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Enzymes in the Human Digestive System

When you take in food, it's the job of your digestive tract to break that food down into smaller pieces through mechanical digestion, and then break larger molecules into smaller ones through chemical digestion. Your intestine then absorbs the small molecules into the bloodstream to provide energy and nutrients for your cells. This entire process needs to happen relatively quickly -- before food moves through the digestive tract toward the rectum. Enzymes help digestive processes happen in a timely manner and the digestive system relies upon a variety of them.


While different parts of the digestive tract secrete different enzymes, amylases are found throughout the entire digestive tract, from mouth through intestines. Your saliva contains small amounts of an enzyme called salivary amylase, notes Dr. Lauralee Sherwood in her book "Human Physiology." This enzyme digests starch, which is the carbohydrate found in grains, starchy vegetables, and beans. As starch breaks down, it becomes sugar. If you keep a starchy food, like a cracker, in your mouth long enough, you'll taste the cracker start to become sweet -- this is the result of starch breakdown due to salivary amylase. The stomach and intestines also digest starch using amylase.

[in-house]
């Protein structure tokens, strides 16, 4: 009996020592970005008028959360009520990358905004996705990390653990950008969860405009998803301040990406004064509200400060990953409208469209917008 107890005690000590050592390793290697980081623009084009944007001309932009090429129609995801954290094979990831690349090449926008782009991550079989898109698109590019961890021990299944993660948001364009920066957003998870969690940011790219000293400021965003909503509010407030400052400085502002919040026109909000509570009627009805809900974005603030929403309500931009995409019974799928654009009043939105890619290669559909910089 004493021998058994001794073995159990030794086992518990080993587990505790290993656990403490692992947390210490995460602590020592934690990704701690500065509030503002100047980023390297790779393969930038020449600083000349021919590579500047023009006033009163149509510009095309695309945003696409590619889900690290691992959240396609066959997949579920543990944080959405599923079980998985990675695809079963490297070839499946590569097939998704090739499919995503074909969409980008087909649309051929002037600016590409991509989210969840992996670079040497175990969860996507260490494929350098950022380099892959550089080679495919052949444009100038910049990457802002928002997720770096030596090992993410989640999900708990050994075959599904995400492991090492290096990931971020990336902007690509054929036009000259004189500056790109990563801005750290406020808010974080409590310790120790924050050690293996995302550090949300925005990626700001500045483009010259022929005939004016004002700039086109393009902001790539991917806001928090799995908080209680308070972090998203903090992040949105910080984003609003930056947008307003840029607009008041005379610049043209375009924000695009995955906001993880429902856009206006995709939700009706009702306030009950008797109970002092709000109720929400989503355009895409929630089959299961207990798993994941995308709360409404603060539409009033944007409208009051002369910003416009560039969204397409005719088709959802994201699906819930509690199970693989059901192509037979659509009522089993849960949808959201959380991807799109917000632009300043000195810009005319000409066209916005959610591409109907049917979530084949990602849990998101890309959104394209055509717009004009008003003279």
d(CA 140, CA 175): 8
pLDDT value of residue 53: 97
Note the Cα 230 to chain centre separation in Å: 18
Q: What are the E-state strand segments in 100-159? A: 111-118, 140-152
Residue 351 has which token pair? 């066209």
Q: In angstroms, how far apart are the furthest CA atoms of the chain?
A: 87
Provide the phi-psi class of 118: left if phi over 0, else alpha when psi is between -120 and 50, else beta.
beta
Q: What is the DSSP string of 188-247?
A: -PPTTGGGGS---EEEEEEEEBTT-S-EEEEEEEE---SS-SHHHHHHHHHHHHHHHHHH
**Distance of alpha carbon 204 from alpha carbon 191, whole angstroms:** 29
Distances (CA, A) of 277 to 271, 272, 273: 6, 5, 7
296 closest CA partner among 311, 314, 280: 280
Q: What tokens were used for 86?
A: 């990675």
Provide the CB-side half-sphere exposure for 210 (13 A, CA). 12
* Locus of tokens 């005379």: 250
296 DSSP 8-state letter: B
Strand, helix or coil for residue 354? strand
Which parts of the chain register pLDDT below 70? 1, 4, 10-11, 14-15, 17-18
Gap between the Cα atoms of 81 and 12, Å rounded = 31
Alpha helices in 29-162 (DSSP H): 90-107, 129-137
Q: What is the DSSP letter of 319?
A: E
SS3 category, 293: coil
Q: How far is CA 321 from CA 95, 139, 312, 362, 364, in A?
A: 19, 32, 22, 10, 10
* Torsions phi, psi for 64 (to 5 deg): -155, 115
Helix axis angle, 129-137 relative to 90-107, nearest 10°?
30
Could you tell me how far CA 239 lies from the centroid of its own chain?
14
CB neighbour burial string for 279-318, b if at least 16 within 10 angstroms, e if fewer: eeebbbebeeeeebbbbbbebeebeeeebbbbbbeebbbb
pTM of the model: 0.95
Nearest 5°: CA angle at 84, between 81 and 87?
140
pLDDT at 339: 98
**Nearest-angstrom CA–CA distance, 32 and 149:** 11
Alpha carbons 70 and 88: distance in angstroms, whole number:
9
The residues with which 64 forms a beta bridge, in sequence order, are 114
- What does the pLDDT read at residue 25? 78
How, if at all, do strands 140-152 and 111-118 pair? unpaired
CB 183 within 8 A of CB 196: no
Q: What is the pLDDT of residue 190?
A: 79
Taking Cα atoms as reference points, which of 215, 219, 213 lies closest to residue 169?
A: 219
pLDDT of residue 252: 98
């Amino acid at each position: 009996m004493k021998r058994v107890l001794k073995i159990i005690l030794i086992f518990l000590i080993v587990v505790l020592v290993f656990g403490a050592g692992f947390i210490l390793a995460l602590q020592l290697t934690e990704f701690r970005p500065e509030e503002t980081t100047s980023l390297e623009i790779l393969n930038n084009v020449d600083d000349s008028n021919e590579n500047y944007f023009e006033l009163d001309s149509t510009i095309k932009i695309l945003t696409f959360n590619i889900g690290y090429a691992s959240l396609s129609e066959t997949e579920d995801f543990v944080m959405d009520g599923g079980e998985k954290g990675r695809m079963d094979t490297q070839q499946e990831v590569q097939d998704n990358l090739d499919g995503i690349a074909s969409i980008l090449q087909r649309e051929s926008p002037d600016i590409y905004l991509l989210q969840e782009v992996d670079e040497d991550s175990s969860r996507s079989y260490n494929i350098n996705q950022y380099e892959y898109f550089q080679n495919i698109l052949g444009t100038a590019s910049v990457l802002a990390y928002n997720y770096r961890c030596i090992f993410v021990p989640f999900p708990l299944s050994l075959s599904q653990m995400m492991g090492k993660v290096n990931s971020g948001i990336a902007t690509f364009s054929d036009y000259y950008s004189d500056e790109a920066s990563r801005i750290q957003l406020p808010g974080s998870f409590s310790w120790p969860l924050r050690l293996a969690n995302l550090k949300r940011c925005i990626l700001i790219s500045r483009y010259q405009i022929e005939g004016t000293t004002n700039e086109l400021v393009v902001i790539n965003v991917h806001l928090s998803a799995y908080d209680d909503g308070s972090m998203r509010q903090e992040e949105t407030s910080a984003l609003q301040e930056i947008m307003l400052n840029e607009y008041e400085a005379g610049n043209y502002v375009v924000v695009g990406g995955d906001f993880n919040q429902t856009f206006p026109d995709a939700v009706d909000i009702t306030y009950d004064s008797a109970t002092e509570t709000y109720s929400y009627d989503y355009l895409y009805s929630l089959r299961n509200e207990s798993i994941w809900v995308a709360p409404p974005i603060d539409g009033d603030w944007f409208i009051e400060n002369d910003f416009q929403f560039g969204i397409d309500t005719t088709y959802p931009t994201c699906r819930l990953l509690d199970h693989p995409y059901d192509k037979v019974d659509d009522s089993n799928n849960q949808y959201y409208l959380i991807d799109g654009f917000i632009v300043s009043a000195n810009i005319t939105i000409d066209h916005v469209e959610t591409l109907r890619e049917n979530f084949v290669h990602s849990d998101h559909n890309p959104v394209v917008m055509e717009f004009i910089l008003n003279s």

What Digestive Functions Occur in the Mouth?

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Proteases are enzymes that digest protein. They're not found in the saliva, but are located in the digestive juices of the stomach and intestine. When you consume protein, it remains chemically unchanged in your mouth, though you do break down larger chunks of protein-containing food into smaller ones using the teeth and tongue. Once protein reaches the stomach, protease enzymes, including pepsin, begin to break protein into its parts, which are called amino acids, explains Dr. Sherwood. Your digestive tract can absorb amino acids into the bloodstream.


Neither the mouth nor the stomach secrete lipases, which are fat-digesting enzymes. Instead, these enzymes come from the pancreas, which dumps them into the small intestine, explains Dr. Gary Thibodeau in his book "Anatomy and Physiology." In order to work on fat, lipases must mix with fat. This is difficult because lipases are water-soluble, which means they dissolve in water, and fat is not. Bile salts from the gallbladder mix with fat and help to make it more water-soluble, allowing lipases to break fat molecules into smaller parts that the intestine can absorb.